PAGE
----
For DPs in particular, quality production design is incredibly important on your showreel. Most people who watch your reel won't really be able to separate the cinematography from the overall look of the piece – the art, the costumes, the make-up, the locations – so getting showreel material that is visually stunning from all departments is the only way to kick your career up to the next level.
3. Contacts: it’s not what you know…
Recommendations can come from the most unexpected of places. I got an interview for my first paid feature film as a DP, Heretiks, after the sound mixer from The First Musketeer recommended me to the producer. The only reason I shot The First Musketeer in the first place was that an actor from a short film of mine recommended me to the director at a party. In turn, that director later recommended me for Ren: The Girl with the Mark, footage which was instrumental in the success of my Heretiks interview. Then a first AD from Ren was hired to direct The Little Mermaid and I was the first person he thought of to bring his vision to the screen.
The best contacts come from working with people, so this point is closely tied into point one. Networking events can be useful but far less so than meeting people organically through work. This is one of the biggest benefits of doing those controversial unpaid or low-paid jobs that are so frequently advertised on certain websites. Try to take the ones that aren’t crewed entirely by students and first-timers. More experienced crew members will be in a much better position to recommend you for paid jobs, rather than trapping you in a vicious circle of unpaid gigs that only lead to more unpaid gigs.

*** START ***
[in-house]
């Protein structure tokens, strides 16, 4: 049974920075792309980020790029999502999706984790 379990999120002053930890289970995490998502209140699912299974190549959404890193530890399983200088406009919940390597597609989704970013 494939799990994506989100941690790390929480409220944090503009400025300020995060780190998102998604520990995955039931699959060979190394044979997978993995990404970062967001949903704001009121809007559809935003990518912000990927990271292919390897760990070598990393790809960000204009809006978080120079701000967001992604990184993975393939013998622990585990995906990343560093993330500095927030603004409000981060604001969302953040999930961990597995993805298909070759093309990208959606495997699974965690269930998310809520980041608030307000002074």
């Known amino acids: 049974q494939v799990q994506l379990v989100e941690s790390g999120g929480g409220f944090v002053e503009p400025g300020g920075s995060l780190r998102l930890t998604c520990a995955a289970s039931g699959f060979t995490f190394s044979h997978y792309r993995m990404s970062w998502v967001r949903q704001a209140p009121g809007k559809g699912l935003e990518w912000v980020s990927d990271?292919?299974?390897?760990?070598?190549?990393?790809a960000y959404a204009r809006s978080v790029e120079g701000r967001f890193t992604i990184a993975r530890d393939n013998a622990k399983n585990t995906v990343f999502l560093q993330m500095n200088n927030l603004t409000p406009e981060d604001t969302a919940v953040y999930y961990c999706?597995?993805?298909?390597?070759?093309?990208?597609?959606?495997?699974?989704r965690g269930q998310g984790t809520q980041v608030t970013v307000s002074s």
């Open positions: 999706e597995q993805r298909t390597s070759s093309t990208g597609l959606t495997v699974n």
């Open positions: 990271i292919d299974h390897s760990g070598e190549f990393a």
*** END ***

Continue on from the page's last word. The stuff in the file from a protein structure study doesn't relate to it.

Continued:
So who you know is very important, but – contrary to the old saying – not more so than what you know. No-one’s going to recommend you if they don’t think you’ll do a good job.
4. The Fear: making a living at it because you have to
When I used to do corporates, I thought I was making every effort to get work as a drama DP. But I was wrong. As soon as I gave up the safety net of training videos and promotional content, my whole attitude to drama work changed. Suddenly I had to do it and I had to get paid reasonably well for it, otherwise I wouldn't be able to pay my rent. It made me drive a harder bargain when negotiating my fee, it made me turn down unpaid projects and, as a consequence, it changed the way producers and directors saw me and the kinds of projects they would consider me for. I was now a serious cinematographer, not a hobbyist.
Do not underestimate the value of The Fear. It's not a magic wand and you do need to have the experience, the contacts and the killer production(s) on your reel before you make the jump, but The Fear will give you wings and help you get to the other side.
Title image courtesy of Shutterstock.